But this high and mighty attitude came at a price.
Somewhere in my young and uninformed mind lurked the dampness of guilt; I felt like an imposter, trying to hold onto something real when everything was flaking into unworthy dust.
Part of me wanted to yell: “Don’t you see how great your life is here—the affection, love, connections, the natural beauty, the ancient history? These are things that don’t exist in my Detroit City neighborhood—yet these are the things of value —not tall buildings, big cars or roller coasters. Why waste time envying me when I envy you?”
The appreciation for the simple pleasures in life can be an anchor to one’s humanity.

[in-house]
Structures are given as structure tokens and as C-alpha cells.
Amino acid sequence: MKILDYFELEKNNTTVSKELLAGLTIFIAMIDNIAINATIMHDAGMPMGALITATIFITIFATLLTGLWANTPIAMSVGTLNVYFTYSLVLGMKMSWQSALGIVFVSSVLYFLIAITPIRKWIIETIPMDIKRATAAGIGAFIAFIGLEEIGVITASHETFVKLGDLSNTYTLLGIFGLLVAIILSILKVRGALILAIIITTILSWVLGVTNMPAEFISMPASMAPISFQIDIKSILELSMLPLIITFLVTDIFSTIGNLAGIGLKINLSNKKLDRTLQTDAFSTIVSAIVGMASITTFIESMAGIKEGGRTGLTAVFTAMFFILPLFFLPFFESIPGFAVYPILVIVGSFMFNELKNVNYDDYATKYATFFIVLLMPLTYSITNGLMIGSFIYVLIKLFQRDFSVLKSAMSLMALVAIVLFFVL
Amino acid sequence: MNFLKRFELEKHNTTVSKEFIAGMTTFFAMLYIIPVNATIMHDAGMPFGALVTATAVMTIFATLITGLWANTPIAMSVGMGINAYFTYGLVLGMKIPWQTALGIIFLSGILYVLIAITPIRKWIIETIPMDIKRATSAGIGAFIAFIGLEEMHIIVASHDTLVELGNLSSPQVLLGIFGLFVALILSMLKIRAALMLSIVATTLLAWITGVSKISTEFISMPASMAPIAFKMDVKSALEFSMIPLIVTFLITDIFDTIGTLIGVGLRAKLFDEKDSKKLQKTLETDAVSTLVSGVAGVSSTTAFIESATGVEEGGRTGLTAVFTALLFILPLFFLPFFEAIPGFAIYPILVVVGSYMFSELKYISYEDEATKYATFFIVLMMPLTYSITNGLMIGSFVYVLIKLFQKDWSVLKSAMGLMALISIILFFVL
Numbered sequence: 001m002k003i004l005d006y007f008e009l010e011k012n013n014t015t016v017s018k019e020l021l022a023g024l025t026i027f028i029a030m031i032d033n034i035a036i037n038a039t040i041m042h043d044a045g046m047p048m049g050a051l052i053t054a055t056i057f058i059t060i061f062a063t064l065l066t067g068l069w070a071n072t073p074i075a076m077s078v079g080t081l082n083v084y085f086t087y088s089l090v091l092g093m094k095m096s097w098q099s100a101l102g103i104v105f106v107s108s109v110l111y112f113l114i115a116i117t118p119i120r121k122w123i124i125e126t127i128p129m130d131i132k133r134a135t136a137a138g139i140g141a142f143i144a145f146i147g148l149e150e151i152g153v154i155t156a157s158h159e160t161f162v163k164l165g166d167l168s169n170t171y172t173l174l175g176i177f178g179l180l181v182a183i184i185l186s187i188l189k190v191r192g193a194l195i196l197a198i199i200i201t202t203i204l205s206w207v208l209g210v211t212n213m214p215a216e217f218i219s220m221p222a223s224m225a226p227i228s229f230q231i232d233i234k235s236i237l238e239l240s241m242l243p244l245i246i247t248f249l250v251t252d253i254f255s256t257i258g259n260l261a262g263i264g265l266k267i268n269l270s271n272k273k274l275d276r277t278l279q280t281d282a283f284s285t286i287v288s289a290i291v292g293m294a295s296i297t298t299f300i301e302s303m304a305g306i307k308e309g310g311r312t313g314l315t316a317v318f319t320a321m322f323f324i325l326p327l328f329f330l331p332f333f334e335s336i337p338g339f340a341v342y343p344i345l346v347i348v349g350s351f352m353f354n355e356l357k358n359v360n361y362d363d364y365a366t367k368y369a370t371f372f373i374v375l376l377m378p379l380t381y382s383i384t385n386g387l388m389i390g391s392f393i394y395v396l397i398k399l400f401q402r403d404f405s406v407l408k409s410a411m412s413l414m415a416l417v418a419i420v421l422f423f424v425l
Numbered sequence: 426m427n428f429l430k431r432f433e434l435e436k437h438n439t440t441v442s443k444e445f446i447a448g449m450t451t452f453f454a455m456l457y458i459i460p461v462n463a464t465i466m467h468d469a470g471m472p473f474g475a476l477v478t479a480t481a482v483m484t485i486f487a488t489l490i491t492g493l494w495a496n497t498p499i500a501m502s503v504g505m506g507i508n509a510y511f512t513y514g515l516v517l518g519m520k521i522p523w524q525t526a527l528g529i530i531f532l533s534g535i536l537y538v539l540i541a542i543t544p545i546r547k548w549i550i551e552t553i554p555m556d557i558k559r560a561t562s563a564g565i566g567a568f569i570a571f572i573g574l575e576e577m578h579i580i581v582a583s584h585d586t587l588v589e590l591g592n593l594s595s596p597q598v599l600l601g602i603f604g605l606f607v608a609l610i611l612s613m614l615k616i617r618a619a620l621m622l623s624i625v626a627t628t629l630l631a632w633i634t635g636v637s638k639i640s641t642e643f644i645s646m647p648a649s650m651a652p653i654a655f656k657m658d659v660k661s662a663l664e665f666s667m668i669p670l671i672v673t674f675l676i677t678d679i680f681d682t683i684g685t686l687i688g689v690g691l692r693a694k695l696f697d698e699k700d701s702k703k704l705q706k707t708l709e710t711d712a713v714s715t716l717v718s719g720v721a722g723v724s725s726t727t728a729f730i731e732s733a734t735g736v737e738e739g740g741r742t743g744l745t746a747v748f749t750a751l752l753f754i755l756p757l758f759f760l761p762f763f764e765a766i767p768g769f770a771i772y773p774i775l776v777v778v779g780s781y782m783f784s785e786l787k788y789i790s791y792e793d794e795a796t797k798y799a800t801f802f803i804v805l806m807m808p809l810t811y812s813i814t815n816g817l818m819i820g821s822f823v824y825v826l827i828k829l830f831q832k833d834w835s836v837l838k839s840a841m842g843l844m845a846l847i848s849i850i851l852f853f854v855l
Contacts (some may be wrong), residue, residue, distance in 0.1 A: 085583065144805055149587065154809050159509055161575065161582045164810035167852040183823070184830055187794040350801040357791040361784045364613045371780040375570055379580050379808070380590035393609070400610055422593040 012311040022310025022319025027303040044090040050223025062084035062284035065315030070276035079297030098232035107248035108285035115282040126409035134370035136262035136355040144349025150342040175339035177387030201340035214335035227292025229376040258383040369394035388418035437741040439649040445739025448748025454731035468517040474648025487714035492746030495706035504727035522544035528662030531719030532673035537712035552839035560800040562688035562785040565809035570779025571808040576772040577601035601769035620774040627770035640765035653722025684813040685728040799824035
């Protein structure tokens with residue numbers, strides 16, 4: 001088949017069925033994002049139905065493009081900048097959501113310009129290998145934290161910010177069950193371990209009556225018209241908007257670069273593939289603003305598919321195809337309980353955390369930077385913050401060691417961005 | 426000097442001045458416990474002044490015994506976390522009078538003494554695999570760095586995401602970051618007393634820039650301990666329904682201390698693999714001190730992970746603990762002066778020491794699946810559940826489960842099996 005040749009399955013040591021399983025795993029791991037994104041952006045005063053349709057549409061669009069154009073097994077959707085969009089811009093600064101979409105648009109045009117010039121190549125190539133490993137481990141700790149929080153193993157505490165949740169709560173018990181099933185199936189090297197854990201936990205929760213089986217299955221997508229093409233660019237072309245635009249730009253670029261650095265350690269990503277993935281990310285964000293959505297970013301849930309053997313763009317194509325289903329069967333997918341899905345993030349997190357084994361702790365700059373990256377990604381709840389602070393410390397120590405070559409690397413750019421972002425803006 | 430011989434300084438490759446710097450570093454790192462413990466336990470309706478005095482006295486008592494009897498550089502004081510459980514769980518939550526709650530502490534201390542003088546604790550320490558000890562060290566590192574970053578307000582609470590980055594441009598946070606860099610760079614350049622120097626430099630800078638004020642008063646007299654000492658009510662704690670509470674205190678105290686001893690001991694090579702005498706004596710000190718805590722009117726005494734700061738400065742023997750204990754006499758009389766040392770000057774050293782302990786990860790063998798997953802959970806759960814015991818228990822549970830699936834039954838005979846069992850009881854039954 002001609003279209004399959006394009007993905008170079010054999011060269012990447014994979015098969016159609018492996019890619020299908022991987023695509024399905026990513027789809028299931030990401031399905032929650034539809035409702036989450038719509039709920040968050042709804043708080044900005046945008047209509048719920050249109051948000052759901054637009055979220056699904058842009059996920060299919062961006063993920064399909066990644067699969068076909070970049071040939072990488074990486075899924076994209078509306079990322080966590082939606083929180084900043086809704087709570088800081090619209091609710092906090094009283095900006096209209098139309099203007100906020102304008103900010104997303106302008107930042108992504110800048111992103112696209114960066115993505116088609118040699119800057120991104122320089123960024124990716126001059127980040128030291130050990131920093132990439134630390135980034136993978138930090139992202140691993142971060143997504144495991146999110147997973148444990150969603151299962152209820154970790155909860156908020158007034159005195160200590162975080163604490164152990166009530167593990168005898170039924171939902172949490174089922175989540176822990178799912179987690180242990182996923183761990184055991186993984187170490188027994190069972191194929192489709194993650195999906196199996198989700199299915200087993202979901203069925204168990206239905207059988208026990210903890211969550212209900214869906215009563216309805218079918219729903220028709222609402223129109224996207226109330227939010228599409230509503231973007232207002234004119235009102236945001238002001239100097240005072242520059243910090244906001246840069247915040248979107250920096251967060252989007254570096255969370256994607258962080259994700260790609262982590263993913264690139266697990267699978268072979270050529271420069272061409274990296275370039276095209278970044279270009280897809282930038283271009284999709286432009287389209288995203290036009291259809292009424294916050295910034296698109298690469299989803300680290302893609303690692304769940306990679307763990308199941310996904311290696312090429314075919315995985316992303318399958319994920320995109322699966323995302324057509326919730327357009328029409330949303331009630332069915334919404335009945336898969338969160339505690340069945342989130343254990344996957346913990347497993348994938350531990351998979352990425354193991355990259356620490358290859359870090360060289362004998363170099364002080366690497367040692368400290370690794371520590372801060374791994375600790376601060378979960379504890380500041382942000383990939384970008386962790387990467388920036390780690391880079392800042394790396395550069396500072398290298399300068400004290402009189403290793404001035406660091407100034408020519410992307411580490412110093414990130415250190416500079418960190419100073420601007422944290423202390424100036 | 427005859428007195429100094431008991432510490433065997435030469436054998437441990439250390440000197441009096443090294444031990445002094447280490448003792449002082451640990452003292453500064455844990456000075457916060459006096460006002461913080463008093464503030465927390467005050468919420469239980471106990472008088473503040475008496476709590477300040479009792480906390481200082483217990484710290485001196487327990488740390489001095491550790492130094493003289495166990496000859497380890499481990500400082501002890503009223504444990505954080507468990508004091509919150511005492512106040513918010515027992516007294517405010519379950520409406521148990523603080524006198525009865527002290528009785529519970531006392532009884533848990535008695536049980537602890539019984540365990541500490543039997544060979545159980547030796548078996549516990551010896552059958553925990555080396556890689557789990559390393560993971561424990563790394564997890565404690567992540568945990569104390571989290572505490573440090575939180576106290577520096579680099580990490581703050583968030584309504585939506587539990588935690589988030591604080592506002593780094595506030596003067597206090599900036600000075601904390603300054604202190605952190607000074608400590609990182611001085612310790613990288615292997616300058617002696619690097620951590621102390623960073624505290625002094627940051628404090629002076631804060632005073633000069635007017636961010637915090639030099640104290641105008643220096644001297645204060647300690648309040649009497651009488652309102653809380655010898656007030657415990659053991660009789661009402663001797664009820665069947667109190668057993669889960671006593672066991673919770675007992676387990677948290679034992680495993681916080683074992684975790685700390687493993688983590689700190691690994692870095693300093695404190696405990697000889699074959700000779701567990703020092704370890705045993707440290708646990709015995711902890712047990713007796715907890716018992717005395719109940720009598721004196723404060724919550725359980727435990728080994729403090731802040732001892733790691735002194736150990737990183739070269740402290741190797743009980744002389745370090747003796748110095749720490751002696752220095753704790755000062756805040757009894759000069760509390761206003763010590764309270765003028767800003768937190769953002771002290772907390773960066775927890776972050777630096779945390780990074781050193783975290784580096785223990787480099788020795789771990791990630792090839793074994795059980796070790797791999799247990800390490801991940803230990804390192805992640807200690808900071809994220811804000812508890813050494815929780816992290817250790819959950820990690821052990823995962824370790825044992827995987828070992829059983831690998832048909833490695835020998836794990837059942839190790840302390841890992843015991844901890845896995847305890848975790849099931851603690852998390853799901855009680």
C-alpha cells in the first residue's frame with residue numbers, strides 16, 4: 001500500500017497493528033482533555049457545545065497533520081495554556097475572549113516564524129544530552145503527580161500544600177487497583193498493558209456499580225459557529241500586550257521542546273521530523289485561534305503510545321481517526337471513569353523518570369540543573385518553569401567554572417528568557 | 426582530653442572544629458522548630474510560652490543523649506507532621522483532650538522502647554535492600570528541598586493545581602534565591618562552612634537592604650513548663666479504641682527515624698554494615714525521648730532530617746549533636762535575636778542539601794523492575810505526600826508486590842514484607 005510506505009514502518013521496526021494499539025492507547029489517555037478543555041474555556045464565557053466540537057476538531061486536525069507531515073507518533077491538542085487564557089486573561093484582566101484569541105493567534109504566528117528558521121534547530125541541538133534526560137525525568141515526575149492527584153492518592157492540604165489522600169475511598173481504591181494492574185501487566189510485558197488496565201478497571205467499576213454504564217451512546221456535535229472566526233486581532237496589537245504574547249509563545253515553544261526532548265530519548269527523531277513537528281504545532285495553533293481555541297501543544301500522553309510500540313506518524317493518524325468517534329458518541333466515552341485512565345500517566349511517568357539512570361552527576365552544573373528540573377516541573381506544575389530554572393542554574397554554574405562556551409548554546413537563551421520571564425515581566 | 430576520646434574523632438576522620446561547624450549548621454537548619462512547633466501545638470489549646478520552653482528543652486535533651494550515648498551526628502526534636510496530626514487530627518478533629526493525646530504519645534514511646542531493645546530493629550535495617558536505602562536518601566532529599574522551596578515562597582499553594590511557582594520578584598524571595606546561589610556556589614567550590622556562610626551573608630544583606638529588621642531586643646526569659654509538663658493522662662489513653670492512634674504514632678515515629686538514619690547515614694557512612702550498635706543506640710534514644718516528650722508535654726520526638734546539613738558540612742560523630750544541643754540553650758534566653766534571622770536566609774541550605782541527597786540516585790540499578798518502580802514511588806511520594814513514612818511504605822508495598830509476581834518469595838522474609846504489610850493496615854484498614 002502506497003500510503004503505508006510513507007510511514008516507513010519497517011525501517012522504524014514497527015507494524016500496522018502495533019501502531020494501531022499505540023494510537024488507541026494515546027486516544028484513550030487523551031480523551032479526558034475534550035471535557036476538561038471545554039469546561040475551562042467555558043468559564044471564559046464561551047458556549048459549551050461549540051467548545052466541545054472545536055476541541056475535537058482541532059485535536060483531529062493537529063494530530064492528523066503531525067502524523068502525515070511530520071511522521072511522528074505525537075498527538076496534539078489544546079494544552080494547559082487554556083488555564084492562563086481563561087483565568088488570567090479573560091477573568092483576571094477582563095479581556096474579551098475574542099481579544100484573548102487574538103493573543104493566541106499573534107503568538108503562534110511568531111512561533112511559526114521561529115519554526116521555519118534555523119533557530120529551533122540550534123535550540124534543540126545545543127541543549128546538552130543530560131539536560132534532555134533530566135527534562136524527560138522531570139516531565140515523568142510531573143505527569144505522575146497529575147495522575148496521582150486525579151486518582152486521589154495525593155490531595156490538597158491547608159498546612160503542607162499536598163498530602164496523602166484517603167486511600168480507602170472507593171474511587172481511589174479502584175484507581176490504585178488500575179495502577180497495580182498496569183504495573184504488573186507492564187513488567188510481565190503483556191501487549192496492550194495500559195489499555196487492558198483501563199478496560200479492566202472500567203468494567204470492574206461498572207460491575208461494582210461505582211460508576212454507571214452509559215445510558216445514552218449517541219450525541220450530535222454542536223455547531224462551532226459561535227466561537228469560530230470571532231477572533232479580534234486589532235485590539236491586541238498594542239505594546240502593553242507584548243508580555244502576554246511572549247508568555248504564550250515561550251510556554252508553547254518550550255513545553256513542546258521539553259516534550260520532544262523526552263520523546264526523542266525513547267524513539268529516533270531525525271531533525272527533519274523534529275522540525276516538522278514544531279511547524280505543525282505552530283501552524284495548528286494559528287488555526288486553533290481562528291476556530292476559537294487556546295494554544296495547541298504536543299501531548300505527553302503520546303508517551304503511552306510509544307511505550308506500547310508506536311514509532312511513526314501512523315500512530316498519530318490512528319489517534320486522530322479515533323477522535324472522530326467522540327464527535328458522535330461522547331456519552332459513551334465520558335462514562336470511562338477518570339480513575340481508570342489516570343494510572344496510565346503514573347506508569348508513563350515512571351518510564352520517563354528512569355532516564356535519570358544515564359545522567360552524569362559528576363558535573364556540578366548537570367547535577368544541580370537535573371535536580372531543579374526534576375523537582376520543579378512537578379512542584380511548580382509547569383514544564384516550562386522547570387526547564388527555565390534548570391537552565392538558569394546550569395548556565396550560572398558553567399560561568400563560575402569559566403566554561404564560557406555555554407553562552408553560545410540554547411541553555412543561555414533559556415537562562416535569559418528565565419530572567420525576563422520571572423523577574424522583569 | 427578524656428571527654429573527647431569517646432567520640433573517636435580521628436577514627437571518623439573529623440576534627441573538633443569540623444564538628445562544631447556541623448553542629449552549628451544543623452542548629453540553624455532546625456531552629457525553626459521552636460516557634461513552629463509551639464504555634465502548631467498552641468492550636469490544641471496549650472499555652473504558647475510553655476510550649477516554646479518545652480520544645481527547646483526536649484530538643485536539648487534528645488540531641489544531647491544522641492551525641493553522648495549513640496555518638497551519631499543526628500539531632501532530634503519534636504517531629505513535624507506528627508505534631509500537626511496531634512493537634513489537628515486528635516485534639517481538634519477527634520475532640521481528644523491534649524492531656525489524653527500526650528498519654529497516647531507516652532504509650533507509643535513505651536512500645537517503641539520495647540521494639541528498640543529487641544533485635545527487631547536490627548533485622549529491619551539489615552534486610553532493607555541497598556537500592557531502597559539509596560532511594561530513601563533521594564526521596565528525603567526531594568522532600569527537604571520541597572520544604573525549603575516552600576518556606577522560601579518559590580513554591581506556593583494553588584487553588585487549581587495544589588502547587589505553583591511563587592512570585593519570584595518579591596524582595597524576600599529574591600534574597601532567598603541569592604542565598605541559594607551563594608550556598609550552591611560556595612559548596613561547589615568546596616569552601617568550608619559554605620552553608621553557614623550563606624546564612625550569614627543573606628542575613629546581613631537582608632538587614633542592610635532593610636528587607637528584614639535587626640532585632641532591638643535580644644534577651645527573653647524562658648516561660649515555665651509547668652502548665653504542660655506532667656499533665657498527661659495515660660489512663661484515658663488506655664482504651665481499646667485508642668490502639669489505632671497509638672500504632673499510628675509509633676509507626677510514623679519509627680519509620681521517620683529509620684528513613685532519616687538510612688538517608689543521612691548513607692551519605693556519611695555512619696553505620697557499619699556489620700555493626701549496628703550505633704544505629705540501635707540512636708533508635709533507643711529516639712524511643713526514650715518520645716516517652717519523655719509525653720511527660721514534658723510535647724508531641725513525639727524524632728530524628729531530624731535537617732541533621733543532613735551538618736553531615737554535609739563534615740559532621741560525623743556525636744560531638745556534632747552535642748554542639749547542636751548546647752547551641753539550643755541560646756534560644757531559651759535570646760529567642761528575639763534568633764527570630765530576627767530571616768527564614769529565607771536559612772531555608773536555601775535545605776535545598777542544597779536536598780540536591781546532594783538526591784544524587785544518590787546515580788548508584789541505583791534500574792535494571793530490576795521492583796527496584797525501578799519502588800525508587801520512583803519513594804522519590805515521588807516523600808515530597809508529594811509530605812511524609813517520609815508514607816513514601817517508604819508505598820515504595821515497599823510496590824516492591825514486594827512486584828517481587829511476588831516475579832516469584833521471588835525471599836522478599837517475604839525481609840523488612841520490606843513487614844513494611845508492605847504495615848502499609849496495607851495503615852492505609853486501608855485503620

Sicily is a place layered in years of (Mafia) corruption, where people learned that only beauty could be trusted. Artistic excellence was imperishable. Rocky cliffs and red-lit seas could only be intimidating in its beauty and was never itself intimidated, could not be bargained down, nor bribed. And a home cooked meal with family and friends was the only real currency; their world of disorder and corruption birthed a people who valued what mattered.
Still, the enticing lure of the “American Dream” was a healthy distraction at the time.
Free-will and the freedom to pursue your passions are attractive propositions—especially when they can offer a comfortable way to financially support yourself and your family.
“The American Dream: A set of ideals in which freedom includes the opportunity for prosperity and success and an upward social mobility achieved through hard work.”
Things have changed since my high school summers in Italy.
The definition of the ‘American Dream’ has been tainted; the dream of freedom and opportunity has been replaced with capitalistic ‘American Greed.’